I don't read political nonfiction. Don't generally like it. I usually find that people spout ideology without bothering to back up any of their assertions, which basically just makes me angry.
So it was with some trepidation that I read Deer Hunting with Jesus: Dispatches from America's Class War by Joe Bageant. Surprisingly (or perhaps not, given that it tends to support my view that the lower income Republican base has no idea that they are supporting a party that consistently works against their best interests), I really liked this book.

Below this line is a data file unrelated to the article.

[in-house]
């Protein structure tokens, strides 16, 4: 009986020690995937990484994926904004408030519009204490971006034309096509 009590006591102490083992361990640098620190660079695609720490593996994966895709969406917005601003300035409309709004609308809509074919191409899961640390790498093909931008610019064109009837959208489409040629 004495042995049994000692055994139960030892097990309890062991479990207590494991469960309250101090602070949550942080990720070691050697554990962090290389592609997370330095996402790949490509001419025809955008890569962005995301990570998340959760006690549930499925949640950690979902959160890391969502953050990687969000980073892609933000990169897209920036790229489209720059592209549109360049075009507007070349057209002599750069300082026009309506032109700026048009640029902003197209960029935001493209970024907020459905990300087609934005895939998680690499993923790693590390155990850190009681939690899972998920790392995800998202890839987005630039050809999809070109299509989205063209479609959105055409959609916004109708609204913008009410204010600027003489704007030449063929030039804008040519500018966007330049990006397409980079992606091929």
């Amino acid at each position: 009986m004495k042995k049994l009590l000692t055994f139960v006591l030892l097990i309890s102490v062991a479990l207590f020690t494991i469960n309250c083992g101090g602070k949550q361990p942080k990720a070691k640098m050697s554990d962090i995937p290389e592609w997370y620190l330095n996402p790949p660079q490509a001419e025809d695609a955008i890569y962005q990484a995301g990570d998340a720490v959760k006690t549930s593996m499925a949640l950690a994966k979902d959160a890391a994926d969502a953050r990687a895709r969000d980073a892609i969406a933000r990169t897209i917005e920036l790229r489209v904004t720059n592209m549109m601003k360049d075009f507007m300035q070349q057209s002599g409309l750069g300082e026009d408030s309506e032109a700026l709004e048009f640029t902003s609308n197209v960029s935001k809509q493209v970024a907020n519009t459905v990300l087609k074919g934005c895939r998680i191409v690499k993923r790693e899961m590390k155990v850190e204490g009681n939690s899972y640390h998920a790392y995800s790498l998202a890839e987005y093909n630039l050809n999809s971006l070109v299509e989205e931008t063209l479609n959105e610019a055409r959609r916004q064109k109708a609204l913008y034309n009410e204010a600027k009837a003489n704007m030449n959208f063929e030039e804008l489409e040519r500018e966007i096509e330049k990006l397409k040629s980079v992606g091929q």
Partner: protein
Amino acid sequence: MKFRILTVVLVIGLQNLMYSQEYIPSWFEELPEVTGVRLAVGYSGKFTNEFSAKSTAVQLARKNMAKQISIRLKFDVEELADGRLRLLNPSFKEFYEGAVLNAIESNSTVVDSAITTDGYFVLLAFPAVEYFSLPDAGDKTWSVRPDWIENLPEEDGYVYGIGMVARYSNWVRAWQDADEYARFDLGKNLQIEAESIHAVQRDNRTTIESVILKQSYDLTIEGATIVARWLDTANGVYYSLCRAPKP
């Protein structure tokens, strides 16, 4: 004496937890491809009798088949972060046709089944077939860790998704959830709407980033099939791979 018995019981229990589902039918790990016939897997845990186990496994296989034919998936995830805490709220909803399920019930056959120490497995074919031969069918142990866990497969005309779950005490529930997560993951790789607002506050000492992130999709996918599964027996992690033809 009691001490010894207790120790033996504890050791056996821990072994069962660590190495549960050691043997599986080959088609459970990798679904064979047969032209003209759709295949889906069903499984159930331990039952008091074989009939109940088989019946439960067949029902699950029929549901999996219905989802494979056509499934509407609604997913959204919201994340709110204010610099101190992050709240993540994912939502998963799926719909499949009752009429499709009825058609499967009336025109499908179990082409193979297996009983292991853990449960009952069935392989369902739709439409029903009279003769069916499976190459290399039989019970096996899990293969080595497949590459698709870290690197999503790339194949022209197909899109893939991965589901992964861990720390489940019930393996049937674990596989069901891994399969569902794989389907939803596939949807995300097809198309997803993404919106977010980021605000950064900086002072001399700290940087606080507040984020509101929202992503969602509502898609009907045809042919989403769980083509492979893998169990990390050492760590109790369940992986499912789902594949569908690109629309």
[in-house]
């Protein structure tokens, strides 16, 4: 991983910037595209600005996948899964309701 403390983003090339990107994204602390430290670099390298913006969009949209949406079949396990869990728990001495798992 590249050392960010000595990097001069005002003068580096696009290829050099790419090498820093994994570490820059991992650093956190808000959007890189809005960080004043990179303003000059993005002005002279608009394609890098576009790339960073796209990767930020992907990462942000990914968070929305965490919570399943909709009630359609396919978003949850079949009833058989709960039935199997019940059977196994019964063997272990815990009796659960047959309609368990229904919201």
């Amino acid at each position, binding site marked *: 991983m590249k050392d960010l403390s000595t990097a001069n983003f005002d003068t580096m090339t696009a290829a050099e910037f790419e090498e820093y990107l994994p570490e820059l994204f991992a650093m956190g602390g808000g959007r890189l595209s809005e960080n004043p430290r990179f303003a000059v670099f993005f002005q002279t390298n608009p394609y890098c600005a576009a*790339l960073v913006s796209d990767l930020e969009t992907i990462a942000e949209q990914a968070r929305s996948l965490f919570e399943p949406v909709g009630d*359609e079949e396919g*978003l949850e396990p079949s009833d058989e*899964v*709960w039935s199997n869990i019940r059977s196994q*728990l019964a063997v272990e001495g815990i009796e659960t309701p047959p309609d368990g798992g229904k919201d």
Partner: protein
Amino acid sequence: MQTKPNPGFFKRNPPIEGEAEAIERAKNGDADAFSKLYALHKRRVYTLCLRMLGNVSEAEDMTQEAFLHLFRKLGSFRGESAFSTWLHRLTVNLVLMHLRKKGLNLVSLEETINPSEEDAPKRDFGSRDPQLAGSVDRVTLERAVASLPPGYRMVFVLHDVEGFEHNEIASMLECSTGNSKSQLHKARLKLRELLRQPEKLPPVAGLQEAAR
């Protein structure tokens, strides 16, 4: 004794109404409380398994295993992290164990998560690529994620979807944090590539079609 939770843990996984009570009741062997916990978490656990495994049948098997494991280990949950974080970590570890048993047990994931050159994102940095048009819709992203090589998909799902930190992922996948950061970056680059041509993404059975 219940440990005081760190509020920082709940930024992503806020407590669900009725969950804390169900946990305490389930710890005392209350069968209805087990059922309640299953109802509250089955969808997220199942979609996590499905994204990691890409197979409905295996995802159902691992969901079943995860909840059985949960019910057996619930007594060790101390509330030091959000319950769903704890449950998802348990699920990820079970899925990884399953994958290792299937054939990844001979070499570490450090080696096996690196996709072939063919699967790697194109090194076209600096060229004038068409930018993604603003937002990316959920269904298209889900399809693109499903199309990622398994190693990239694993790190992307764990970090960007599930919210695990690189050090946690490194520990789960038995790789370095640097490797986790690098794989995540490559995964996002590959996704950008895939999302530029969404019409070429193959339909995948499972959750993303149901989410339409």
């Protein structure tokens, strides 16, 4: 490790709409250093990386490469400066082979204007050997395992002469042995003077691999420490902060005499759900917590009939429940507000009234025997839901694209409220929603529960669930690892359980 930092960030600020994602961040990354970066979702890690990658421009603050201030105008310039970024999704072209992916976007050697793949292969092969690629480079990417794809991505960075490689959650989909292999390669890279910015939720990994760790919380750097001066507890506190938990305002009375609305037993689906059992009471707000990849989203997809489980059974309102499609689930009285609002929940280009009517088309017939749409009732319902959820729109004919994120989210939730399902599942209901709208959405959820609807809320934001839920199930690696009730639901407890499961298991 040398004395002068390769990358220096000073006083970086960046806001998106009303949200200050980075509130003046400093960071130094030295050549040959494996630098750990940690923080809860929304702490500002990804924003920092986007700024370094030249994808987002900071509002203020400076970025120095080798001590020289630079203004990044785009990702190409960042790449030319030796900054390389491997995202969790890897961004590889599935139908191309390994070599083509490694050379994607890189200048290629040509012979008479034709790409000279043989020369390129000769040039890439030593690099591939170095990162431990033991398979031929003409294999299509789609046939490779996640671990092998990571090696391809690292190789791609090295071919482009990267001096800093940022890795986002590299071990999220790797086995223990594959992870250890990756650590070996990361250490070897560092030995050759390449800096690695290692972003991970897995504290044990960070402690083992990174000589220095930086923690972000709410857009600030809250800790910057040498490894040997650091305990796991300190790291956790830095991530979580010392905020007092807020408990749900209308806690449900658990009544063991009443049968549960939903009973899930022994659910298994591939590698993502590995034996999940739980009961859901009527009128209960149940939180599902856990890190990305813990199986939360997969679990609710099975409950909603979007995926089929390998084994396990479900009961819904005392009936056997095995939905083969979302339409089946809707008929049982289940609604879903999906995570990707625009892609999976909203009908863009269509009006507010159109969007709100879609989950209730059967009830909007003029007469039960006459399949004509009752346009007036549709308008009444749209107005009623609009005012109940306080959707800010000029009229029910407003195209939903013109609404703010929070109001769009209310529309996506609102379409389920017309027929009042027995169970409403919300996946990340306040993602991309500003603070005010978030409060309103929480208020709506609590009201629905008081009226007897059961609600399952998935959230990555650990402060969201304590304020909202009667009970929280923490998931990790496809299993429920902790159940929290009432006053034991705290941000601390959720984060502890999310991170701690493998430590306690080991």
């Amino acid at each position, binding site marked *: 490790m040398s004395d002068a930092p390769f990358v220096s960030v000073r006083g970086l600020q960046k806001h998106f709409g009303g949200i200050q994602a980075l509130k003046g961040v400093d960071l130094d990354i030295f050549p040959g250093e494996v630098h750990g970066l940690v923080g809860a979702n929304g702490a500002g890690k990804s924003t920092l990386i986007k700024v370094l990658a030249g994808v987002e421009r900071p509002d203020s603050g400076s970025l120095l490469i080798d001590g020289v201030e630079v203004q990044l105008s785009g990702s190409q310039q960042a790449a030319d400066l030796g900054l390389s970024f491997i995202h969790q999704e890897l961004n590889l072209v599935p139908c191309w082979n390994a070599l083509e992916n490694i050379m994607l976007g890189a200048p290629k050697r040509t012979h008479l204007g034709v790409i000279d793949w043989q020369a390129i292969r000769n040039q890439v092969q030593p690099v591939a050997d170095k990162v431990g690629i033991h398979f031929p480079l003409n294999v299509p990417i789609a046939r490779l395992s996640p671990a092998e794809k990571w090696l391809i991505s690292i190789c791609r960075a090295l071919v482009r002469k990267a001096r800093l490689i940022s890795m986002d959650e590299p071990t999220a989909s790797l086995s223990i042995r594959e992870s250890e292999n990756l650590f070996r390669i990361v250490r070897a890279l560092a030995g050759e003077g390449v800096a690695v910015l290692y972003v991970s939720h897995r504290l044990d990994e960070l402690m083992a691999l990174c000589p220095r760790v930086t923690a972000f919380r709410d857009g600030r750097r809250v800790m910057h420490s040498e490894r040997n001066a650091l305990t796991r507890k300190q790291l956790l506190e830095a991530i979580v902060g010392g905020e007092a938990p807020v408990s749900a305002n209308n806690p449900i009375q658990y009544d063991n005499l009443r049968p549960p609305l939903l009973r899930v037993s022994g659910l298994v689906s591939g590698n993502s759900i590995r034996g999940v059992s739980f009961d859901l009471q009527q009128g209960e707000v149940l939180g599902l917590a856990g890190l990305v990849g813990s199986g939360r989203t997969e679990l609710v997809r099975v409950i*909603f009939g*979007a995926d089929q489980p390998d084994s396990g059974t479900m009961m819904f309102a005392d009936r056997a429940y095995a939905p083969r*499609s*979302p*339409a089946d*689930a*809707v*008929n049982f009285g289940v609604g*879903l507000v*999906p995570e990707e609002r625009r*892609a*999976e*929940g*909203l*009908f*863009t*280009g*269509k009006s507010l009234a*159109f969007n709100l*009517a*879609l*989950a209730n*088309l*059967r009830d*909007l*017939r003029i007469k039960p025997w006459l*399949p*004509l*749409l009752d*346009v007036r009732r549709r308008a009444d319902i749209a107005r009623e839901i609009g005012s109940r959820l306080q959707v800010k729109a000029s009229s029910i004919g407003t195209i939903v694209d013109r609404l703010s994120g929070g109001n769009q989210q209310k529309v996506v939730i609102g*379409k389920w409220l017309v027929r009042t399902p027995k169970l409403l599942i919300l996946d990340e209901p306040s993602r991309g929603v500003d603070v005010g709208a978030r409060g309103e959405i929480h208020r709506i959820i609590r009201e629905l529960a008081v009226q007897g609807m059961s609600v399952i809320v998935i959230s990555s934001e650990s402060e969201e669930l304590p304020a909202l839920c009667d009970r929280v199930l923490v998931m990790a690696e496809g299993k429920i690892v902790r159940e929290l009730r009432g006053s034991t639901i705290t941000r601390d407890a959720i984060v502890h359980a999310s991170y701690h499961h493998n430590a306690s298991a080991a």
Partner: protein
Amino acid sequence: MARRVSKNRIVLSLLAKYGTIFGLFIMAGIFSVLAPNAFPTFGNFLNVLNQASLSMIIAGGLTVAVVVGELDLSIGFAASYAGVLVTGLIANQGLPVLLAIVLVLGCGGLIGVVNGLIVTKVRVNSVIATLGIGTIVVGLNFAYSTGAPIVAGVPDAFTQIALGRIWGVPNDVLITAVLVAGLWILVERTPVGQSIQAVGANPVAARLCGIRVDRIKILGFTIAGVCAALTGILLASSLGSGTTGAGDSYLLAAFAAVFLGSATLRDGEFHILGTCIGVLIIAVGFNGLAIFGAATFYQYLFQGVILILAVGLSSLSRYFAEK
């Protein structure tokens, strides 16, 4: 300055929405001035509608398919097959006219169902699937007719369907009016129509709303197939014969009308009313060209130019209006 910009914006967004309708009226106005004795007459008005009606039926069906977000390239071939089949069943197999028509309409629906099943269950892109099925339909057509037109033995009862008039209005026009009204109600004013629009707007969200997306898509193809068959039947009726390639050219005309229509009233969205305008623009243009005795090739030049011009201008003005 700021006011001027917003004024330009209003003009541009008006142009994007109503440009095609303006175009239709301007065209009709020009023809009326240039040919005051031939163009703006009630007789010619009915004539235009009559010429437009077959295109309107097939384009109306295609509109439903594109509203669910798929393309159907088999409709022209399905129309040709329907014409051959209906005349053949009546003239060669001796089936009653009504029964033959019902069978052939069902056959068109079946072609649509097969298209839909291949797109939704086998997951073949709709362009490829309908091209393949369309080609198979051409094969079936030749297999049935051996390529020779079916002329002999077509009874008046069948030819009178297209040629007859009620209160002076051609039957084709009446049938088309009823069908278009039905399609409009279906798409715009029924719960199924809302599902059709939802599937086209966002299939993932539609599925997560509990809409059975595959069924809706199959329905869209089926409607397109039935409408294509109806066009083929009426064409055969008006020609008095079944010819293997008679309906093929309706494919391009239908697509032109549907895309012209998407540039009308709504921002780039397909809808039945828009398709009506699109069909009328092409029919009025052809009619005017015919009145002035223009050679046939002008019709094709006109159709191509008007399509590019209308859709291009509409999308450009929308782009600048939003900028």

Bageant doesn't come across as shrill and angry like most of the political commentators I've seen and heard. I think it helps that he knows the people he's writing about. After leaving his hometown to pursue a career as a journalist, he returned in his late 50s to find that many of the people he grew up with were decidedly worse off than they had been. His view of the red state working poor and what motivates them is really an interesting read.
In some respects, this reminded me of reading Bill Bryson, but with a more political bent, in that Bageant is a storyteller who is also an affable guy. He wants to talk to people, to hear their stories, and to try to make sense of them.
I was disappointed to find out that Bageant passed away last year, but I look forward to reading his previous work.